Irwin Ketch `88 $299,000 Bristol `87 $410,000 Antigua `86 $194,900 Gulfstar Sailmaster `84 $198,000 Wauquiez Centurion `91 $249,900 Beneteau 461 `00 $199,000 Morgan center cockpit `85 $79,900 Catalina `92 $124,900 C&C shoal `88 $99,000 Pacific Seacraft 2 `98's from $335,000 Passport ‘84 $139,000 Beneteau Oceanis 381 `00 $119,000 Durbeck cutter `81 $84,500 Jeanneau Sun Odyssey `97$92,000 Pacific Seacraft `96,`87&`02 from $139,000 Westerly Corsair `88 $92,500 Beneteau 352 Oceanis `98 $88,000 Bristol `82 $59,900

35' Jeanneau Sun Odyssey `06 $149,000 35' Pearson `78 $37,500 35' Wauquiez Pretorien `86 $79,000 35' Westerly Oceanquest `97$144,900 34' O'Day `83 $35,000 34' Pacific Seacraft '85, '87 & '95 from $89,900 34' Sabre MK I `82 $46,500 33' Bavaria `06 $109,000 33' Ericson Racer/Cruiser `82 $38,500 33' Hallberg Rassy `72 $39,000 33` Pearson 2 `87's from $48,000 32' Westsail `74 $46,900 31' Pacific Seacraft `89 $89,000 27' Island Packet `90 $46,000 27' Pacific Seacraft Orion `81 $49,500 Nonsuch 26' & 30' from $29,000 Pacific Seacraft 20' & 27' from $45,000


Annapolis, MD


44’ Gulfstar CC Gorgeous boat, lovingly cared for w/great equipment. Looking for a cruiser, but tired of looking at tired boats? Call today about this clean boat! $134,500 Tim Wilbricht, Annapolis Yacht Sales (410) 267-8181 or tim@annapolisyachtsales.com 44’ Hunter ’03 Allan K is a one owner boat that has been meticulously maintained and shows better than new. She is equipped with A/C, Bow Thruster, A/P, Chartplotter, Flat Screen TV & more. Call Charles Gomez (410) 267-8181 or Charles@ annapolisyachtsales.com.

HdG Only


2008 HUNTER 38

2008 CATALINA 320

2008 HUNTER 41AC

2008 HUNTER 33

2008 HUNTER 41DS

2008 CATALINA 350

2008 HUNTER 45CC

2009 HUNTER 36

2008 HUNTER 45DS

2007 DUFOUR 365

2008 HUNTER 49


290 HUNTER '00-'01

3 from 52,000

350 CATALINA ‘05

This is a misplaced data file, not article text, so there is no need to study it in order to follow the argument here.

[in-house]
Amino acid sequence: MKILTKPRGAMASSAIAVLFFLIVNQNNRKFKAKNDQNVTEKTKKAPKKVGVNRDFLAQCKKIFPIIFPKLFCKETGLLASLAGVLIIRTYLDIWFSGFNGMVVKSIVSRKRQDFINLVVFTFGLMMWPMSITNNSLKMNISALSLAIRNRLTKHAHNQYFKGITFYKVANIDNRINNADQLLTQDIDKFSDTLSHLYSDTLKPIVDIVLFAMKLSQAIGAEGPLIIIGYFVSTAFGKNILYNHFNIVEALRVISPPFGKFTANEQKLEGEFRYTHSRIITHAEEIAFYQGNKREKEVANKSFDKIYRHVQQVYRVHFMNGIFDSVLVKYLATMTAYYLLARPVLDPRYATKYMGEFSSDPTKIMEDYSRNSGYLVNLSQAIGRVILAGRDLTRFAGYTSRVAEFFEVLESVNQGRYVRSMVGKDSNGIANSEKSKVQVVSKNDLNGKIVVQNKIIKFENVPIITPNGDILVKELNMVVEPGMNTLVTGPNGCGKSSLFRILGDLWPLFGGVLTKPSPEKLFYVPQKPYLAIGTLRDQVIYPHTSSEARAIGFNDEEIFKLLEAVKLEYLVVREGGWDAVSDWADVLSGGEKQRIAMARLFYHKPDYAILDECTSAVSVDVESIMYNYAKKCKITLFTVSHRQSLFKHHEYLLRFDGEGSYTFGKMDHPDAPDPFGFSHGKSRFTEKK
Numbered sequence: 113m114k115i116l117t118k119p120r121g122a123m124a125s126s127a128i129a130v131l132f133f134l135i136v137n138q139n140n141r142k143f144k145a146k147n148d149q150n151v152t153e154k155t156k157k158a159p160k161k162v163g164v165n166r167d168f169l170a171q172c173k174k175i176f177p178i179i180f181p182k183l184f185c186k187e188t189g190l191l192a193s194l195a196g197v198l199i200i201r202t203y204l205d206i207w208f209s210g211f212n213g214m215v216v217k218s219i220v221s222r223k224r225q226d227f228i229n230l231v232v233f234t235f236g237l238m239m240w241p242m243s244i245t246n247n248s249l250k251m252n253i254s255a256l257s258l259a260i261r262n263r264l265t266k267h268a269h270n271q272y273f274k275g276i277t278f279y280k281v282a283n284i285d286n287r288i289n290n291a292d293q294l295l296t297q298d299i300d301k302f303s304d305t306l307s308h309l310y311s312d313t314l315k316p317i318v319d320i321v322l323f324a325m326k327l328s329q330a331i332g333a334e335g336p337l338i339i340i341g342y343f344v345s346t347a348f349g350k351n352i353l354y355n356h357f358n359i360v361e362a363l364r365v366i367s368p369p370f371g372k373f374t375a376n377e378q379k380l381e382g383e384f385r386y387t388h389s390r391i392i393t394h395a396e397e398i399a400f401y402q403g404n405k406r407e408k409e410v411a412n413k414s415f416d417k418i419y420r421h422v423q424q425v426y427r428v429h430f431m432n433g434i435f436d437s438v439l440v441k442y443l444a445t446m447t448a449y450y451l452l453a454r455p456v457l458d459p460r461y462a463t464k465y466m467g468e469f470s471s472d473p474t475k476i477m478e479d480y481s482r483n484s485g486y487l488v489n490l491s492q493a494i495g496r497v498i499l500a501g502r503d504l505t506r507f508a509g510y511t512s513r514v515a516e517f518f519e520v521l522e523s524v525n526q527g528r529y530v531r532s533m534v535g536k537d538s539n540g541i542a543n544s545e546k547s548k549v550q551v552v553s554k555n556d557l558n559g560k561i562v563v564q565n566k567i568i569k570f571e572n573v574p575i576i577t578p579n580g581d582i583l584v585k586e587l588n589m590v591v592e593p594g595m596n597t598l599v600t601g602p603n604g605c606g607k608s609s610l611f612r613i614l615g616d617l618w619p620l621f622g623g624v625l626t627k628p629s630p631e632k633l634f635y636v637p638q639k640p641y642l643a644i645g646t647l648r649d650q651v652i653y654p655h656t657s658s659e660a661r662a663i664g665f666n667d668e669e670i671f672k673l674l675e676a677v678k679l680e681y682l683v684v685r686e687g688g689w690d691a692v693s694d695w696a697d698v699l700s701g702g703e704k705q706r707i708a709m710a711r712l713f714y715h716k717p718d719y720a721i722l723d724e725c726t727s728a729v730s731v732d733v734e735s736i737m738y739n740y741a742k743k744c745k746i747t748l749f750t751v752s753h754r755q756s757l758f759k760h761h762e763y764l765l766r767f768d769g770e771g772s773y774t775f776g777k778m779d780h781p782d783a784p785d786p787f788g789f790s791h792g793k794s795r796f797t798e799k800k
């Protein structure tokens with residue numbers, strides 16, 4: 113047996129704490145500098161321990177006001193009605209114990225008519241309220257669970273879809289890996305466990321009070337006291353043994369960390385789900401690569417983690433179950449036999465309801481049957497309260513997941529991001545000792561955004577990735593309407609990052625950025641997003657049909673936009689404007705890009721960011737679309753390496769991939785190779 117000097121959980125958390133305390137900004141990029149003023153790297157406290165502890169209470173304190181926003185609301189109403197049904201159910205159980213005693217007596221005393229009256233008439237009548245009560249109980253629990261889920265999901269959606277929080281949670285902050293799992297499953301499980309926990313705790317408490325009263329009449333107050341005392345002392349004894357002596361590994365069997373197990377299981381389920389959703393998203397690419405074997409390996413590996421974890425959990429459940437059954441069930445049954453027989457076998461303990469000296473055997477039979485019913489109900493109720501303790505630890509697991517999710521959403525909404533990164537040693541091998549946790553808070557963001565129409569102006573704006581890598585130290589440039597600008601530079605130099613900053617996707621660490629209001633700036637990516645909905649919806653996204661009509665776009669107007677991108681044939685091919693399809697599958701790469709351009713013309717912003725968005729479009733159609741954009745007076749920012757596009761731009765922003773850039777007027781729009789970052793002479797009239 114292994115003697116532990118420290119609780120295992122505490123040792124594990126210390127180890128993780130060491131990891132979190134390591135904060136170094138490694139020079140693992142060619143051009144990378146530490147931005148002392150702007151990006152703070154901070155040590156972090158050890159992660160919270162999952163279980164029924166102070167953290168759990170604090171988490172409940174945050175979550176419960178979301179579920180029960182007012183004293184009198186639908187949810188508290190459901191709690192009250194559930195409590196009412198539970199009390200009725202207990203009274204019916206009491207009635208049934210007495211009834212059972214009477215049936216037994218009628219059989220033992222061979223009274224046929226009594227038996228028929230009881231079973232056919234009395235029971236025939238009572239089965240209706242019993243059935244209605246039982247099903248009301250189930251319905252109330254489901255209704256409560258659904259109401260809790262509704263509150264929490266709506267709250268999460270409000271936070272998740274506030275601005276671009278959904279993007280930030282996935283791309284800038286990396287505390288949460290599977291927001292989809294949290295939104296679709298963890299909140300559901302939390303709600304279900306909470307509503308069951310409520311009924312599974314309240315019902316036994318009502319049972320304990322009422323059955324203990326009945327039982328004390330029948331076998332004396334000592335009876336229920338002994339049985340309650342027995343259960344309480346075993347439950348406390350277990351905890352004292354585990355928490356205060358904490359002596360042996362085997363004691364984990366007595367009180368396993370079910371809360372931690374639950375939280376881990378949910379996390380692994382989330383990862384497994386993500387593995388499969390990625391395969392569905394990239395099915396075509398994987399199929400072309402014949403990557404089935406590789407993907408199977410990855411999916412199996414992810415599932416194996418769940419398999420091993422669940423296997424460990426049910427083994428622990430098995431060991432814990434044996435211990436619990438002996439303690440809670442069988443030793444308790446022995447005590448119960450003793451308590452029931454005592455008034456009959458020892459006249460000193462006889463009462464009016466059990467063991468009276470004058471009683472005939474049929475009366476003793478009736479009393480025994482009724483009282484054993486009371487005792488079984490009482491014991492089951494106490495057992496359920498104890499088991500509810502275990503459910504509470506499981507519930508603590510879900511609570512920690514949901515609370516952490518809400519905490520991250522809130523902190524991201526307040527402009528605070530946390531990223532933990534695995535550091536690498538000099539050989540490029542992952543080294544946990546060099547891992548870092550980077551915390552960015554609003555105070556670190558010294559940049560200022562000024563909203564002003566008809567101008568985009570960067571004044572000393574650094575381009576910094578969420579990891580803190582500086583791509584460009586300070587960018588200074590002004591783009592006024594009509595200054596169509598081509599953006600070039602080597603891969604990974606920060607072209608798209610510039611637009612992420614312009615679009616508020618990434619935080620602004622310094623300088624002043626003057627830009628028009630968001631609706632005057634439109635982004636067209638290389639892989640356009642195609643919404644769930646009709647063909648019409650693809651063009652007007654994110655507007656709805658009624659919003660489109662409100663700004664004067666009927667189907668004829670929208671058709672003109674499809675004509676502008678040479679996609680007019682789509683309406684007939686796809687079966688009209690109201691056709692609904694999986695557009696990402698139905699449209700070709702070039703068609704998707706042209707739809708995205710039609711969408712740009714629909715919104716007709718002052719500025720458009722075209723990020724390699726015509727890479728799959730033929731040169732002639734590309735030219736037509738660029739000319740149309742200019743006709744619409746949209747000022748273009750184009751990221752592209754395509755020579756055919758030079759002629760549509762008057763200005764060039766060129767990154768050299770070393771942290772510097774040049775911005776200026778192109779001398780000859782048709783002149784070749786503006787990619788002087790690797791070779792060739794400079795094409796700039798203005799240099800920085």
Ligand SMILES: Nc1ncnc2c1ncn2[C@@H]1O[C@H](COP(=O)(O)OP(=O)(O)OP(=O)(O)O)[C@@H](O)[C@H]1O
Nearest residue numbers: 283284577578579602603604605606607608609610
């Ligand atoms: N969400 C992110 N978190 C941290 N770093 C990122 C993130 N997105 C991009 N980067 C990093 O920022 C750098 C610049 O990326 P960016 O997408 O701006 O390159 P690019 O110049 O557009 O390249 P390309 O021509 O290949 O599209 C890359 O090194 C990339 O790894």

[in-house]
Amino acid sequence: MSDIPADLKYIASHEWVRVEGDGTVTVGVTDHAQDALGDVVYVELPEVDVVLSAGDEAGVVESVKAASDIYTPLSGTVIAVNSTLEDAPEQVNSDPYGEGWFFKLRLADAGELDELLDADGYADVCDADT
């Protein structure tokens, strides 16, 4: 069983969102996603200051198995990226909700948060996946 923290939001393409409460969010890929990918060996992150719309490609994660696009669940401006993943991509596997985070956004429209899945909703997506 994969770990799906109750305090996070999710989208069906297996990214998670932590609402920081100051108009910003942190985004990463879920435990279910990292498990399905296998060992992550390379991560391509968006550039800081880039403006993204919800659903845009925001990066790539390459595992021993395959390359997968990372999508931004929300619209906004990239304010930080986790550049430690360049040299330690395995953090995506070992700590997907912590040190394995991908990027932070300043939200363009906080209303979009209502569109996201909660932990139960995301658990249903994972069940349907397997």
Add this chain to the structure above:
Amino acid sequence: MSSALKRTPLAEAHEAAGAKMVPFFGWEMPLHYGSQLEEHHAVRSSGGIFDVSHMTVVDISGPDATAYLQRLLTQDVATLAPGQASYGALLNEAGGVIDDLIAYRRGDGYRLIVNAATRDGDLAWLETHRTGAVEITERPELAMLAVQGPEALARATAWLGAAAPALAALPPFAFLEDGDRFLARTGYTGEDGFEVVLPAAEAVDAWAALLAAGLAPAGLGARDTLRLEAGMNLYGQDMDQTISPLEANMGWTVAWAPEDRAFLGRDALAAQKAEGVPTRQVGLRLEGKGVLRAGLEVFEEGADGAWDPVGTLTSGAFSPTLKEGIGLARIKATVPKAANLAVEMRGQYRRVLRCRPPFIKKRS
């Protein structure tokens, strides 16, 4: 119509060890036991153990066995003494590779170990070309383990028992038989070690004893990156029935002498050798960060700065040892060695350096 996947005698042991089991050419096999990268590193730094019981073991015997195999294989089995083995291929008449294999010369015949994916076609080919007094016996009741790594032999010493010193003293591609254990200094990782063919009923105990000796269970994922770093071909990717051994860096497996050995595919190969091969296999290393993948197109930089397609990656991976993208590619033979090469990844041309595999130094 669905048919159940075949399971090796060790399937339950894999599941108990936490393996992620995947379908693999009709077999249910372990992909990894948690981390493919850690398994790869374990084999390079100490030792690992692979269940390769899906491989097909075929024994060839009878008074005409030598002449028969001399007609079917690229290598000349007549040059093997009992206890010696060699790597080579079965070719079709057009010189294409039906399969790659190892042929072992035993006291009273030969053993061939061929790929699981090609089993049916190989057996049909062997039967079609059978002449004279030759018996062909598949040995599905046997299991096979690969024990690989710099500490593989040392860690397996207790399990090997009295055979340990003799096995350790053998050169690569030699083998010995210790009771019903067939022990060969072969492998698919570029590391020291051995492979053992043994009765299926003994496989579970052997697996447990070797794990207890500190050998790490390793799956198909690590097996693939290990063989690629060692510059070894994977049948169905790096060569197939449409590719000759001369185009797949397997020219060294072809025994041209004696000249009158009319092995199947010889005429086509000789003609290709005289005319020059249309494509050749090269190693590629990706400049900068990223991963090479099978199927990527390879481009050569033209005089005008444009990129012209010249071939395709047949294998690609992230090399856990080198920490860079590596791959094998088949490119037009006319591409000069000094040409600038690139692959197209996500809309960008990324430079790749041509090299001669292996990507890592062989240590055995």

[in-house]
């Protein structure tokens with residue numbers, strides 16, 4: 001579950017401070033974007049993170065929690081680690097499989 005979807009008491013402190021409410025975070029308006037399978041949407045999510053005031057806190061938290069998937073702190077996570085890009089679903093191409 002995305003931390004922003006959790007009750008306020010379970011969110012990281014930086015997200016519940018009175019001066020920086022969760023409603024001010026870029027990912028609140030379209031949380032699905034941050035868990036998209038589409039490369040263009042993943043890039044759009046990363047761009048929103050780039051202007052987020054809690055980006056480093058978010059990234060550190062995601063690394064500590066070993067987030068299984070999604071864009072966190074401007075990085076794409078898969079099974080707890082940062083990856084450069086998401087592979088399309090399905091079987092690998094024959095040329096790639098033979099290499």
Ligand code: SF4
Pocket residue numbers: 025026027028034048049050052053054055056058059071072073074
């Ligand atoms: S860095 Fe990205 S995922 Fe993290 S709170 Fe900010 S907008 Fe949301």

29.5 HUNTER '94-'97

2 from 29,900

400 CATALINA '95


33 HUNTER '06


450 HUNTER ‘98-’01 3 from 163,900

340 HUNTER '00


460 HUNTER '00-’01 3 from 169,900

Annapolis 1-800-699-SAIL


Havre de Grace 1-800-960-TIDE

www.TidewaterMarina.com 90 November 2008 SpinSheet

32’ Sabre ’85 Centerboard 3’8” draft, nice quality and very clean, waxed and bottom painted August. $48,500. bayharborbrokerage. com, (757) 480-1073 40’ Fountaine Pajot catamaran ’07 Brand new boat. 4 stateroom model. Owners have been relocated. $385,000 bayharborbrokerage.com (757) 480-1073. 40’ Tartan ’88 Dark blue hull, air & generator, 5’6” draft, excellent cond, $150,000 bayharborbrokerage.com (757) 480-1073. 44’ Brewer ’88 Center cockpit fully equipped cruising boat. in mast furling, generator/ air ready to go south $180,000 bayharborbrokerage.com (757) 480-1073.

32’ Jeanneau 32 ’85 Clean boat - ready for new owner. Tiller steering for the true sailor. Canvas, electronics, well maintained. $24,000 Call (410) 263-2311). 35’ Catalina 350 ’04 Excellent mid-size cruiser in like-new cond., beautifully maintained and ready for cruising. Lots of extras... large dodger, AC, nice electronics package, microwave, 15” LCD TV, inverter, stereo, freezer, electric head. Excellent entry-level boat and affordably priced. CALL (410) 263-2311. 37’ Jeanneau Sun Odyssey ’00 2 cabin 1 (HUGE) head . A/C, inverter, new batteries, new C80 chart plotter and AP, custom mattresses in both cabins -1 Owner - professionally maintained.. OWNERS MOTIVATED!! $94,500, Call (410) 263-2311. 40’ C&C 121 ’00 2 cabin 1 head. Beautiful Cruiser - 2 zone A/C, inverter, Raymarine Radar/ Chartplotter, AP, beautifully appointed interior, tons of storage, expertly maintained.. REDUCED $225,000 (call 410-263-2311).

27’ S2 ’86 Well maintained, low hours on diesel. $17,000. Coastal Yacht Sales (757) 285-7059 . 30’ Catalina ’78 Atomic 4, roller furling, well kept below $14,000 . Coastal Yacht Sales (757) 2857059. 30’ Lancer ’81 New Yanmar dsl, new canvas, and fresh bottom paint 18,000.00. Coastal Yacht Sales (757) 285-7059.


36’ Islander ’72 RF, Yanmar dsl, radar, new cushions, chart plotter. $28,000. Coastal Yacht Sales (757) 285-7059.

20’ - 44’ Pacific Seacrafts New or used – this is the place to come: we are known worldwide as the premier broker for Pacific Seacrafts. See the new PS 31, 37 and 40 (first ones built at the new factory in North Carolina) at our office. Check our website for complete listings. Crusader YS (410) 269-0939 www.crusaderyachts.com 40’ Saga ‘07 New, never sailed. Warranties on all equipment. Started at Pacific Seacraft factory in California, finished in NC to very high standards. Drastically reduced: $424,000 . Crusader YS (410) 2690939 www.crusaderyachts.com

51’ Bristol ‘87 CC 51.1 w/ Gorgeous interior! 3 cabins, Lg. aft stateroom. A/C, GENSET, Sea Frost, Bow Thruster, PWR. winches, Furling main, RF genoa. Blue hull! $410,000. Crusader YS (410) 2690939 www.crusaderyachts.com

18’ Marshall Sanderling Catboat ‘71 Own a true classic for only $9,900. Call Rick Casali ( 4 1 0 ) 2 7 9 - 5 3 0 9 rickc@gilmanyachts.com